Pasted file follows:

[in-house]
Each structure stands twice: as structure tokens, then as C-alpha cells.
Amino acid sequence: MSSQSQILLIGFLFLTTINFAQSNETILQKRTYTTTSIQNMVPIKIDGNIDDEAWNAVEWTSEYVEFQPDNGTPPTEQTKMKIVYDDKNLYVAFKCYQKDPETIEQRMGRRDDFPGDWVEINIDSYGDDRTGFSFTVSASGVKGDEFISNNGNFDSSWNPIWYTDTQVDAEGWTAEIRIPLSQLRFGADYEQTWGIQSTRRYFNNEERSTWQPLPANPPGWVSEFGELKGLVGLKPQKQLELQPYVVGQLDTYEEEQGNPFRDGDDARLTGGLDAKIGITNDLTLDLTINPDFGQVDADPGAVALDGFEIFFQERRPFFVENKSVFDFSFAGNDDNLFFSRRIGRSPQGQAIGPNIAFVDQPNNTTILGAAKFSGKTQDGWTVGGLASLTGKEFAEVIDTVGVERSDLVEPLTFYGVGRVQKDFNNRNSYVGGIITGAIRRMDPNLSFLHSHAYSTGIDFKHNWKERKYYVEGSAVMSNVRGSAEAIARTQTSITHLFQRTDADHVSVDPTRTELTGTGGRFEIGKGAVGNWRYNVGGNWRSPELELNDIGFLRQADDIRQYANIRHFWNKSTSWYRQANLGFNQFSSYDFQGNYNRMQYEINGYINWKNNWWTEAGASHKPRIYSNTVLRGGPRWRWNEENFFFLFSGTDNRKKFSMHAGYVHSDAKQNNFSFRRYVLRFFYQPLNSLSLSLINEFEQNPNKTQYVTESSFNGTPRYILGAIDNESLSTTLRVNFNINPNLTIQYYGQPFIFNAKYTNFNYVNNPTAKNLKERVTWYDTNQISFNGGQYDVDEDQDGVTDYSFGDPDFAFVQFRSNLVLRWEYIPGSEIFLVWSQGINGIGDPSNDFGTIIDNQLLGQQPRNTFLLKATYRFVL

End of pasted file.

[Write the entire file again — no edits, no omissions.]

[in-house]
Each structure stands twice: as structure tokens, then as C-alpha cells.
Amino acid sequence: MSSQSQILLIGFLFLTTINFAQSNETILQKRTYTTTSIQNMVPIKIDGNIDDEAWNAVEWTSEYVEFQPDNGTPPTEQTKMKIVYDDKNLYVAFKCYQKDPETIEQRMGRRDDFPGDWVEINIDSYGDDRTGFSFTVSASGVKGDEFISNNGNFDSSWNPIWYTDTQVDAEGWTAEIRIPLSQLRFGADYEQTWGIQSTRRYFNNEERSTWQPLPANPPGWVSEFGELKGLVGLKPQKQLELQPYVVGQLDTYEEEQGNPFRDGDDARLTGGLDAKIGITNDLTLDLTINPDFGQVDADPGAVALDGFEIFFQERRPFFVENKSVFDFSFAGNDDNLFFSRRIGRSPQGQAIGPNIAFVDQPNNTTILGAAKFSGKTQDGWTVGGLASLTGKEFAEVIDTVGVERSDLVEPLTFYGVGRVQKDFNNRNSYVGGIITGAIRRMDPNLSFLHSHAYSTGIDFKHNWKERKYYVEGSAVMSNVRGSAEAIARTQTSITHLFQRTDADHVSVDPTRTELTGTGGRFEIGKGAVGNWRYNVGGNWRSPELELNDIGFLRQADDIRQYANIRHFWNKSTSWYRQANLGFNQFSSYDFQGNYNRMQYEINGYINWKNNWWTEAGASHKPRIYSNTVLRGGPRWRWNEENFFFLFSGTDNRKKFSMHAGYVHSDAKQNNFSFRRYVLRFFYQPLNSLSLSLINEFEQNPNKTQYVTESSFNGTPRYILGAIDNESLSTTLRVNFNINPNLTIQYYGQPFIFNAKYTNFNYVNNPTAKNLKERVTWYDTNQISFNGGQYDVDEDQDGVTDYSFGDPDFAFVQFRSNLVLRWEYIPGSEIFLVWSQGINGIGDPSNDFGTIIDNQLLGQQPRNTFLLKATYRFVL